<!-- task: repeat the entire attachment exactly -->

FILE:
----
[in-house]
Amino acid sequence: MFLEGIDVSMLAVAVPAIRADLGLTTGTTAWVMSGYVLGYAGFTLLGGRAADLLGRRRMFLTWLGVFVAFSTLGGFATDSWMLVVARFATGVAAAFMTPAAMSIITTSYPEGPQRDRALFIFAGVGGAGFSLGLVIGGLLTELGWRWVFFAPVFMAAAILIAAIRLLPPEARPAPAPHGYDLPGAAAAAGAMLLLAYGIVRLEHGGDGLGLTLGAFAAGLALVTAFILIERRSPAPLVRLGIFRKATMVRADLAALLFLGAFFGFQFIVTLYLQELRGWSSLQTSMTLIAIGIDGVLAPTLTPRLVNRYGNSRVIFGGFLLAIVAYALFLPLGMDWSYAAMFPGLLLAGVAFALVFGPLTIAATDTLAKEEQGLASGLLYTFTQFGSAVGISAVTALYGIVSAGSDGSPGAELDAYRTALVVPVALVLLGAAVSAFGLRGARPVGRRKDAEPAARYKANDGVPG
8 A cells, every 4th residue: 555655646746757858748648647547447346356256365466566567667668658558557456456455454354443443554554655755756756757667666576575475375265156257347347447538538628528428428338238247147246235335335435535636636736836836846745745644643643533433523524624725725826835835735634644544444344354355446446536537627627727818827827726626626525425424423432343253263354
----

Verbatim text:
[in-house]
Amino acid sequence: MFLEGIDVSMLAVAVPAIRADLGLTTGTTAWVMSGYVLGYAGFTLLGGRAADLLGRRRMFLTWLGVFVAFSTLGGFATDSWMLVVARFATGVAAAFMTPAAMSIITTSYPEGPQRDRALFIFAGVGGAGFSLGLVIGGLLTELGWRWVFFAPVFMAAAILIAAIRLLPPEARPAPAPHGYDLPGAAAAAGAMLLLAYGIVRLEHGGDGLGLTLGAFAAGLALVTAFILIERRSPAPLVRLGIFRKATMVRADLAALLFLGAFFGFQFIVTLYLQELRGWSSLQTSMTLIAIGIDGVLAPTLTPRLVNRYGNSRVIFGGFLLAIVAYALFLPLGMDWSYAAMFPGLLLAGVAFALVFGPLTIAATDTLAKEEQGLASGLLYTFTQFGSAVGISAVTALYGIVSAGSDGSPGAELDAYRTALVVPVALVLLGAAVSAFGLRGARPVGRRKDAEPAARYKANDGVPG
8 A cells, every 4th residue: 555655646746757858748648647547447346356256365466566567667668658558557456456455454354443443554554655755756756757667666576575475375265156257347347447538538628528428428338238247147246235335335435535636636736836836846745745644643643533433523524624725725826835835735634644544444344354355446446536537627627727818827827726626626525425424423432343253263354